– Have a good idea of what you want –
You don’t have to have an exact drawing or picture of what you want, that is what the tattoo artist is for, but you need to have something to base your idea for your tattoo on and reference material helps the artist to get you what you really want.
Also have a good idea where you want to place your tattoo since size of the tattoo you want will determine the best placement. A big tat won’t work on your wrist and a little one floating on the middle of your back won’t look good either, so think about size and placement. Hands, necks and faces are not a good idea and most respectable artists won’t do tats in these areas as well as not in the genital area or anything racial or gang related.
– Visit your local tattoo shops –
Do not walk into a tattoo shop and have the first available artist do your tattoo! I made that mistake on my first tattoo so I speak from experience and it was not good. Take the time to visit the shops near you and look at the artists portfolios and check out their work. Your first visit to the shops is strictly to check out the cleanliness of the shop and the tattoo artists and look at their work and maybe talk to them if their work interests you.
No reputable shop will have a problem with you walking in and asking to see portfolios, if they do – walk away! If they don’t want to talk to you (if they aren’t working on someone) – walk away!
– Once you decide on a tattoo shop and tattoo artist –
Make an appointment with your artist to visit with them and take your reference materials with you to discuss what you want and where you want it. Your tattoo artist will need time to work up your drawing, so make your appointment to get the tattoo done. When you are going to have the tattoo done your artist will show you the drawing they came up with for your approval and any needed tweaks can be done then before the stencil is made.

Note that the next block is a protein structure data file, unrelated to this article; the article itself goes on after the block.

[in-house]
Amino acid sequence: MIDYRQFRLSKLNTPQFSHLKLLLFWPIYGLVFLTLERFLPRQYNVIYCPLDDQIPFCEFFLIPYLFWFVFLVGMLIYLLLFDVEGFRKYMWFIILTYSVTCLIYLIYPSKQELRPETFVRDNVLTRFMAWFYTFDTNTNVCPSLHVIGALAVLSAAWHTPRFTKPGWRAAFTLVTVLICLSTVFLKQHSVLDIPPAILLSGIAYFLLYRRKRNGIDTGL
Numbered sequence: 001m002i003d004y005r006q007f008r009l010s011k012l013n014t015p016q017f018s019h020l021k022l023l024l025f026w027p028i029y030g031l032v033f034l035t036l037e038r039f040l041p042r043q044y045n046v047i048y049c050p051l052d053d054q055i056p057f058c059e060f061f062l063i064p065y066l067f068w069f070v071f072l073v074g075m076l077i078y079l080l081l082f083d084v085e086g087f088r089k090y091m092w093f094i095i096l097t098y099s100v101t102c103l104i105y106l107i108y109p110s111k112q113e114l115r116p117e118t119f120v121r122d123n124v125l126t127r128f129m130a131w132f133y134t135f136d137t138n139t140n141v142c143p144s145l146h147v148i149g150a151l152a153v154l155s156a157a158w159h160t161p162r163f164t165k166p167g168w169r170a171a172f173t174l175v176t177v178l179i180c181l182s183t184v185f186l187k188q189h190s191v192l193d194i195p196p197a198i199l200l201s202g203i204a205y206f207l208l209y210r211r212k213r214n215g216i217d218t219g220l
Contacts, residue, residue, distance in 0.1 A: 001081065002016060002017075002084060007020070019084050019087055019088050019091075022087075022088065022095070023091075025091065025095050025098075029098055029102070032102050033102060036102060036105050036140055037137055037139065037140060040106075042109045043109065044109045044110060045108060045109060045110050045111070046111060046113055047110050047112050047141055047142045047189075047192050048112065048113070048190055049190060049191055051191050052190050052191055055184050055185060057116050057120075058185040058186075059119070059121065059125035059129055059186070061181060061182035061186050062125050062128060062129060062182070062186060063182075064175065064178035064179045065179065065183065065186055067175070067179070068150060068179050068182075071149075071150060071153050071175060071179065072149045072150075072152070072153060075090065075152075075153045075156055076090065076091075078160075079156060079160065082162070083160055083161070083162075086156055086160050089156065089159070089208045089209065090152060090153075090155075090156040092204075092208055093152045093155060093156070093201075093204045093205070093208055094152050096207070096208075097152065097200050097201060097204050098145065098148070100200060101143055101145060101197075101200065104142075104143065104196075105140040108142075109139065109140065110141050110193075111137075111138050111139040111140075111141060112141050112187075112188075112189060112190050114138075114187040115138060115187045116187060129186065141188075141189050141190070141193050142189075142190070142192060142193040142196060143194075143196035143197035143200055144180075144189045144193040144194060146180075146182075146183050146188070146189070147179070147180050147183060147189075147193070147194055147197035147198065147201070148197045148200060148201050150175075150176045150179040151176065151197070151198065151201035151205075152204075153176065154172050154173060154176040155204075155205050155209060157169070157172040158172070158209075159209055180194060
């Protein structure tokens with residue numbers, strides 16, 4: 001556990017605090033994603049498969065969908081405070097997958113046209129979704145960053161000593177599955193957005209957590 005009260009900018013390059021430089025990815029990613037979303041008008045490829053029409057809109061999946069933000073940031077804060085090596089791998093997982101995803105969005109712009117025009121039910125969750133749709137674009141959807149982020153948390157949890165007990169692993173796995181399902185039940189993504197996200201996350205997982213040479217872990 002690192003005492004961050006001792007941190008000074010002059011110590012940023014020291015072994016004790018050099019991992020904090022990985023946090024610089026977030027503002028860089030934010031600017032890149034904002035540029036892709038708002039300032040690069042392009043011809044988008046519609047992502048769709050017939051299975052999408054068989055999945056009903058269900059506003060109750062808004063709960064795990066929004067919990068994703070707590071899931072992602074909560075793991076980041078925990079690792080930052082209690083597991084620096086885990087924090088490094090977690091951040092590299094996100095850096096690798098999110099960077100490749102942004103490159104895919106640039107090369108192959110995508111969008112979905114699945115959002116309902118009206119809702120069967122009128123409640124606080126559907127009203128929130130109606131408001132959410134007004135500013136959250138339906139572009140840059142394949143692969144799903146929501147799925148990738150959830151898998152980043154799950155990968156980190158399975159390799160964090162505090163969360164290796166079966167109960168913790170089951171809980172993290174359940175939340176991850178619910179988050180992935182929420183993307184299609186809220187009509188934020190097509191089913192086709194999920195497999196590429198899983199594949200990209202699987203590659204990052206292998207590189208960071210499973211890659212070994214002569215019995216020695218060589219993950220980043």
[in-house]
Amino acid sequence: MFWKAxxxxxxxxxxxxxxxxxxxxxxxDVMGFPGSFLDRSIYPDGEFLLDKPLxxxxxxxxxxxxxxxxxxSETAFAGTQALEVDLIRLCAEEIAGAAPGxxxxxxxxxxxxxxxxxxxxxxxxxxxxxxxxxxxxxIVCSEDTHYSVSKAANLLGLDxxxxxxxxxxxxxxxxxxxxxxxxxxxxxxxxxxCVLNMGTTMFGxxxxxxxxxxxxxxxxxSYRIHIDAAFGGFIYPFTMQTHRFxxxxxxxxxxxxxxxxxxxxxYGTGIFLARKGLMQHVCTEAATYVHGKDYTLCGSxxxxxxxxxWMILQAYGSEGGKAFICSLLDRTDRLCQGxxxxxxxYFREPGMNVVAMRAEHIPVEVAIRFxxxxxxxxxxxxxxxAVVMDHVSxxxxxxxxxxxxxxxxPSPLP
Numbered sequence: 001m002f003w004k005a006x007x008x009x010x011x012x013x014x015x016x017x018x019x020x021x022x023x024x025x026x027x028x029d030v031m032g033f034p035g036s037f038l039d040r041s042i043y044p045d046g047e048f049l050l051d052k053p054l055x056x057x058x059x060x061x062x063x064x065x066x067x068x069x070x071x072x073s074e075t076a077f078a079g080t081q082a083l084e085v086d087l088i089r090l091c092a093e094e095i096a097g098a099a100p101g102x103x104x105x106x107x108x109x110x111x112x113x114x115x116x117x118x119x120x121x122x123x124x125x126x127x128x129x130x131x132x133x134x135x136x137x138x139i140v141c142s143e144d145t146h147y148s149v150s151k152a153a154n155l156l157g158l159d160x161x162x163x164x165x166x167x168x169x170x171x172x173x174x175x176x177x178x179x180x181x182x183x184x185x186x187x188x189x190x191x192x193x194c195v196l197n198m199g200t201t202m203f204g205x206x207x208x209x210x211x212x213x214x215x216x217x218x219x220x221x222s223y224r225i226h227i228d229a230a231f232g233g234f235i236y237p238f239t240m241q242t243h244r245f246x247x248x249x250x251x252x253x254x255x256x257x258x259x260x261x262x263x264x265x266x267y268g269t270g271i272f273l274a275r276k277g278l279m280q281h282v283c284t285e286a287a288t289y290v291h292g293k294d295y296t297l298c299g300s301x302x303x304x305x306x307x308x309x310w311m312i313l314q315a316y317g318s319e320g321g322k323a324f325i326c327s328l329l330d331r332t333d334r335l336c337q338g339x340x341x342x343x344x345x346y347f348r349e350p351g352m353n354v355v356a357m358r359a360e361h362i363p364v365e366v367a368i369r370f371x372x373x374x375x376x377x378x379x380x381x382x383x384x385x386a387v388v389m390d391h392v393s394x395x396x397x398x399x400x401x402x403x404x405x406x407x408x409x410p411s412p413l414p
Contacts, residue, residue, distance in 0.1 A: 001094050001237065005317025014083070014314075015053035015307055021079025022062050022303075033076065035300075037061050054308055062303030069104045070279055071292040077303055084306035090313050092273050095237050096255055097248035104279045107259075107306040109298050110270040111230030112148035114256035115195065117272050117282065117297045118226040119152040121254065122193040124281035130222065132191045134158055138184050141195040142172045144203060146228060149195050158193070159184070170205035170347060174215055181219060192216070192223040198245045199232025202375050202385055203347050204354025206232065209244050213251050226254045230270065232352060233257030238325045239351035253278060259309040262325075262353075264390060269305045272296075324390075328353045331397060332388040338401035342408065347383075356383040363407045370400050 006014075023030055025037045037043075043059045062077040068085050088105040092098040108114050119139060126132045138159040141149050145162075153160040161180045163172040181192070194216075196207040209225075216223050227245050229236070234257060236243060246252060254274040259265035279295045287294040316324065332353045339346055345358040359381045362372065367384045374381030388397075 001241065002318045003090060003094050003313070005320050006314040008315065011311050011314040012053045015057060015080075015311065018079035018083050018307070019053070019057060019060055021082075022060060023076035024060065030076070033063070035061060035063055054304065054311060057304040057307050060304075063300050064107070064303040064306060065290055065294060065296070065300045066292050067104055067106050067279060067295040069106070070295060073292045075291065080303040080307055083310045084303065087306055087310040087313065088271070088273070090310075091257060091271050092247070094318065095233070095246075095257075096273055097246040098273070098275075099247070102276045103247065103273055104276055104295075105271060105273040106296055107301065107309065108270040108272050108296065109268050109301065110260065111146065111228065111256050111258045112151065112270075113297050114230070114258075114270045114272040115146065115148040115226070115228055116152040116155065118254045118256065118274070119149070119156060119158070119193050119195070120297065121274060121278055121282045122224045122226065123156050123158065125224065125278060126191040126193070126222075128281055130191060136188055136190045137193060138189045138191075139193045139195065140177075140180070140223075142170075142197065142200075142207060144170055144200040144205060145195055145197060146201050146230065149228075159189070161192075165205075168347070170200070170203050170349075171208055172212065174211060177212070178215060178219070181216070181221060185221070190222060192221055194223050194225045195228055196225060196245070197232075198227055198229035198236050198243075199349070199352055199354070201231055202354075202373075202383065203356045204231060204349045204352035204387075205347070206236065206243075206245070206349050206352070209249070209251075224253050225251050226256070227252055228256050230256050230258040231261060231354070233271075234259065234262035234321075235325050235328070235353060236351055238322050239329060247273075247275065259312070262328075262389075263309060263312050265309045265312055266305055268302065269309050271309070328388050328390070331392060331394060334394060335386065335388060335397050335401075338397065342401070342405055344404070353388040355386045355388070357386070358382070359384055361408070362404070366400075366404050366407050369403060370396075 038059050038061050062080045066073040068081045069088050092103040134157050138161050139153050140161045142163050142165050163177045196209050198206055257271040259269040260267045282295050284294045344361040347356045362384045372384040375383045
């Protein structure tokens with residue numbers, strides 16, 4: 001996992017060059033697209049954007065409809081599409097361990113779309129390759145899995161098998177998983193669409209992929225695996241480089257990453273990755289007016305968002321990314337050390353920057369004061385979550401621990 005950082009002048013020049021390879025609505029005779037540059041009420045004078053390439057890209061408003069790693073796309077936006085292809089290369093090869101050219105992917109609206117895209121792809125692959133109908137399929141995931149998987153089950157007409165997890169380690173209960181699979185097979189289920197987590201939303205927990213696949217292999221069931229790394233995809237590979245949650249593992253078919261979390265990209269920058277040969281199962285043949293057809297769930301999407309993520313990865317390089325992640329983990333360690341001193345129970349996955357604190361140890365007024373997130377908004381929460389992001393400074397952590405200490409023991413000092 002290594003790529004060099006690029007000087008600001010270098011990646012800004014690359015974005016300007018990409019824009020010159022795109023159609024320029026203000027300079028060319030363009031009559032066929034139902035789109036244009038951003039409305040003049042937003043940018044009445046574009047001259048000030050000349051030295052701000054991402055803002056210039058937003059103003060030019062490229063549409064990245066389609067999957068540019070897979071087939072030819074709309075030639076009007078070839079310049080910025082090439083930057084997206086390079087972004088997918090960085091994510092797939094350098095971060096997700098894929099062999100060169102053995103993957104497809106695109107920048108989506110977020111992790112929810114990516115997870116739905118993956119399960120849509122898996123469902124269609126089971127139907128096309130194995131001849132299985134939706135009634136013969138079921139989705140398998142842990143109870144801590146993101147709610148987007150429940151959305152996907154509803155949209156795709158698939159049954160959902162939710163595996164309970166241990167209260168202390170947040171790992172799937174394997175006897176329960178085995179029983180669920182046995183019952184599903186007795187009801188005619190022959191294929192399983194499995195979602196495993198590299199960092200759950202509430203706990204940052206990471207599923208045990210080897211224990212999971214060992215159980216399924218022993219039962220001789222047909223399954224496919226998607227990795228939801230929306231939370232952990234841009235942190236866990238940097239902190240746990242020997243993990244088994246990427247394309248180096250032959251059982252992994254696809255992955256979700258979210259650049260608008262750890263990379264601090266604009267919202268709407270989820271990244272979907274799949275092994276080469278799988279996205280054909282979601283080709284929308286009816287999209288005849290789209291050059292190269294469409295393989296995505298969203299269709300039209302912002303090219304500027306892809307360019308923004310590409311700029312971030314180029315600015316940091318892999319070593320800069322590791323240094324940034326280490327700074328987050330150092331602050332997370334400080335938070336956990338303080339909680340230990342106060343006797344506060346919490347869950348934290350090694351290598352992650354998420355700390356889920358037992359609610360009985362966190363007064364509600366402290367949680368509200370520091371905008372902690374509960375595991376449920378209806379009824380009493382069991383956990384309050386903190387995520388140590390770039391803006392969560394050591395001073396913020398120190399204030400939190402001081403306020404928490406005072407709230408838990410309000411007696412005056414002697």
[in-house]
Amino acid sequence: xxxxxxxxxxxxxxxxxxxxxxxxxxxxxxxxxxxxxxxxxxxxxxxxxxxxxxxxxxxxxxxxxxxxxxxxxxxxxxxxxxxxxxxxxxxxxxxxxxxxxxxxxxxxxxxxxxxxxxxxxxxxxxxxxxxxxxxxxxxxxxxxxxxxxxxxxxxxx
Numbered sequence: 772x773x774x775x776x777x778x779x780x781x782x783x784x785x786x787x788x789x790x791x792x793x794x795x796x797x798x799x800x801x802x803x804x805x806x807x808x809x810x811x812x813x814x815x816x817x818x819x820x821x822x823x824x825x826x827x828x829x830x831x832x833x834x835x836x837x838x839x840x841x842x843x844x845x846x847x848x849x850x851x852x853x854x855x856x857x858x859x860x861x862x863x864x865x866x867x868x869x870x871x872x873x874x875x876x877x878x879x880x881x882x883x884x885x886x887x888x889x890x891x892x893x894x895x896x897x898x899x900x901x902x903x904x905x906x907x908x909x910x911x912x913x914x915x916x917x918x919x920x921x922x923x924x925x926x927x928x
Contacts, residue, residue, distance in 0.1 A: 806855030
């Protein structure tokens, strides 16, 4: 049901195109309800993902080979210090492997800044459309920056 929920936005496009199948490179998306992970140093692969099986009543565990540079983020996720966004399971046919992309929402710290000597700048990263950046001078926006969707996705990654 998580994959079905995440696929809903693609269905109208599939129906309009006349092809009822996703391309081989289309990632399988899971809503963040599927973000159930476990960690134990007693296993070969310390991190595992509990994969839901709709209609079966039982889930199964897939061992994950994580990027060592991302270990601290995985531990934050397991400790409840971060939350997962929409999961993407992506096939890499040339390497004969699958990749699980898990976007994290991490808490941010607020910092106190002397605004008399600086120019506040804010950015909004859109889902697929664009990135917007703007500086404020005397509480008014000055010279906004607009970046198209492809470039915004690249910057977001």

They will have you check the stencil for final approval so check it carefully especially if there is any wording on the stencil to make sure there is no misspellings which usually cannot be fixed after the fact. Once you approve of the stencil it will be put on the area you have decided you wanted it. Check the placement carefully to make sure it isn’t crooked or off centered. You are ultimately responsible if it isn’t correct because they will ask you several times if this is what you want so be sure before they ink.
– Does it hurt? –
This is always one of the first questions asked. The answer isn’t that simple because of different factors such as the location of the tattoo, your pain threshold, etc. Now I hate shots but I have no problem with getting tattooed because it is different from getting a shot. Boney areas like your feet or ribs are going to hurt more than your arm or shoulder area. There is some pain involved but mostly it is just irritating. Some people equate it to a bee sting but I don’t think it was that bad though they hit a few touchy spots on me and that is normal. Most of it isn’t too bad except for a spot or two.
– After care –
Follow all of the instructions that the tattoo artist gives you and you should do fine. Use what ever ointment they give you as often as they tell you and keep the new tattoo area clean and you should have good results. Sun is the enemy of tattoos so if you are planning on being out in the sun all day and you tat will be exposed, please use sunscreen or your tat will fade more quickly.
The only other advice I would give is stick with more traditional styles of tattoos and don’t go for trendy icons because they might not be so meaningful ten years down the road. A tattoo that means something to you instead of just being cute has a better chance of still being something you like.